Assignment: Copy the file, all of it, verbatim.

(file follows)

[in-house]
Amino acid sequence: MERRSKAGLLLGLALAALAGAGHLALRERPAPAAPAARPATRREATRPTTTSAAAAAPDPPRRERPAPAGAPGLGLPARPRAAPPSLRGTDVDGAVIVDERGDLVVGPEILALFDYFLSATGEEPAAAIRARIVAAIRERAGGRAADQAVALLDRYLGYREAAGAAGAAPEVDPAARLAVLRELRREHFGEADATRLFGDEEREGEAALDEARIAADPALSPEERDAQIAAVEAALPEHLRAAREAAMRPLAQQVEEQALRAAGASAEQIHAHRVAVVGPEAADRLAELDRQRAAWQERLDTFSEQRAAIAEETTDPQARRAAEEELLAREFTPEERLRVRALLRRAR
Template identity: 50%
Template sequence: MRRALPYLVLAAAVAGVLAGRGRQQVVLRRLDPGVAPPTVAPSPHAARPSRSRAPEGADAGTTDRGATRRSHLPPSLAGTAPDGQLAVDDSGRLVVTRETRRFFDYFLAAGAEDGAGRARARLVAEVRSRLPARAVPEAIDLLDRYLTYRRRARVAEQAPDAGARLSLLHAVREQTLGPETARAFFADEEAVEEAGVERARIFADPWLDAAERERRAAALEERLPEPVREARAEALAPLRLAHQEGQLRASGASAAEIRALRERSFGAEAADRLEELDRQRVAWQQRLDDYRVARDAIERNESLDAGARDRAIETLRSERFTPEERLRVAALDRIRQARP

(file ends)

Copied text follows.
[in-house]
Amino acid sequence: MERRSKAGLLLGLALAALAGAGHLALRERPAPAAPAARPATRREATRPTTTSAAAAAPDPPRRERPAPAGAPGLGLPARPRAAPPSLRGTDVDGAVIVDERGDLVVGPEILALFDYFLSATGEEPAAAIRARIVAAIRERAGGRAADQAVALLDRYLGYREAAGAAGAAPEVDPAARLAVLRELRREHFGEADATRLFGDEEREGEAALDEARIAADPALSPEERDAQIAAVEAALPEHLRAAREAAMRPLAQQVEEQALRAAGASAEQIHAHRVAVVGPEAADRLAELDRQRAAWQERLDTFSEQRAAIAEETTDPQARRAAEEELLAREFTPEERLRVRALLRRAR
Template identity: 50%
Template sequence: MRRALPYLVLAAAVAGVLAGRGRQQVVLRRLDPGVAPPTVAPSPHAARPSRSRAPEGADAGTTDRGATRRSHLPPSLAGTAPDGQLAVDDSGRLVVTRETRRFFDYFLAAGAEDGAGRARARLVAEVRSRLPARAVPEAIDLLDRYLTYRRRARVAEQAPDAGARLSLLHAVREQTLGPETARAFFADEEAVEEAGVERARIFADPWLDAAERERRAAALEERLPEPVREARAEALAPLRLAHQEGQLRASGASAAEIRALRERSFGAEAADRLEELDRQRVAWQQRLDDYRVARDAIERNESLDAGARDRAIETLRSERFTPEERLRVAALDRIRQARP